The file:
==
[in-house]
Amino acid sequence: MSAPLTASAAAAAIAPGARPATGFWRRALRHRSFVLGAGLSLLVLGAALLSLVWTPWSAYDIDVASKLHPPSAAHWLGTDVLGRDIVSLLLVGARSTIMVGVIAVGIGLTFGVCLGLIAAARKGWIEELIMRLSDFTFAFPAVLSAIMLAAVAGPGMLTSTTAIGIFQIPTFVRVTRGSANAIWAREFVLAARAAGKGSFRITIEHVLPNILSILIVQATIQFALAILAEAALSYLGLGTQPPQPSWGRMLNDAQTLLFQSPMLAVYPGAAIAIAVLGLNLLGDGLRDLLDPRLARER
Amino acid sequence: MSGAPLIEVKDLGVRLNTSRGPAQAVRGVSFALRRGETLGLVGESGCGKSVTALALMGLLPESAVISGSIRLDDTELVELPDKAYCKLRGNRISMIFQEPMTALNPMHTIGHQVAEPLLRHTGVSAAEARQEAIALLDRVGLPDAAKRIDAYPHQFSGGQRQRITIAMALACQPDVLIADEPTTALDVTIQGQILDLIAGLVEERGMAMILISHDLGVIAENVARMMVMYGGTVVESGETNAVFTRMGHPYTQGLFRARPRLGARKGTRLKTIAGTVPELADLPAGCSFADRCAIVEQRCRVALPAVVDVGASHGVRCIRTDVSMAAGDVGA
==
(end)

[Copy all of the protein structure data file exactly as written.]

[in-house]
Amino acid sequence: MSAPLTASAAAAAIAPGARPATGFWRRALRHRSFVLGAGLSLLVLGAALLSLVWTPWSAYDIDVASKLHPPSAAHWLGTDVLGRDIVSLLLVGARSTIMVGVIAVGIGLTFGVCLGLIAAARKGWIEELIMRLSDFTFAFPAVLSAIMLAAVAGPGMLTSTTAIGIFQIPTFVRVTRGSANAIWAREFVLAARAAGKGSFRITIEHVLPNILSILIVQATIQFALAILAEAALSYLGLGTQPPQPSWGRMLNDAQTLLFQSPMLAVYPGAAIAIAVLGLNLLGDGLRDLLDPRLARER
Amino acid sequence: MSGAPLIEVKDLGVRLNTSRGPAQAVRGVSFALRRGETLGLVGESGCGKSVTALALMGLLPESAVISGSIRLDDTELVELPDKAYCKLRGNRISMIFQEPMTALNPMHTIGHQVAEPLLRHTGVSAAEARQEAIALLDRVGLPDAAKRIDAYPHQFSGGQRQRITIAMALACQPDVLIADEPTTALDVTIQGQILDLIAGLVEERGMAMILISHDLGVIAENVARMMVMYGGTVVESGETNAVFTRMGHPYTQGLFRARPRLGARKGTRLKTIAGTVPELADLPAGCSFADRCAIVEQRCRVALPAVVDVGASHGVRCIRTDVSMAAGDVGA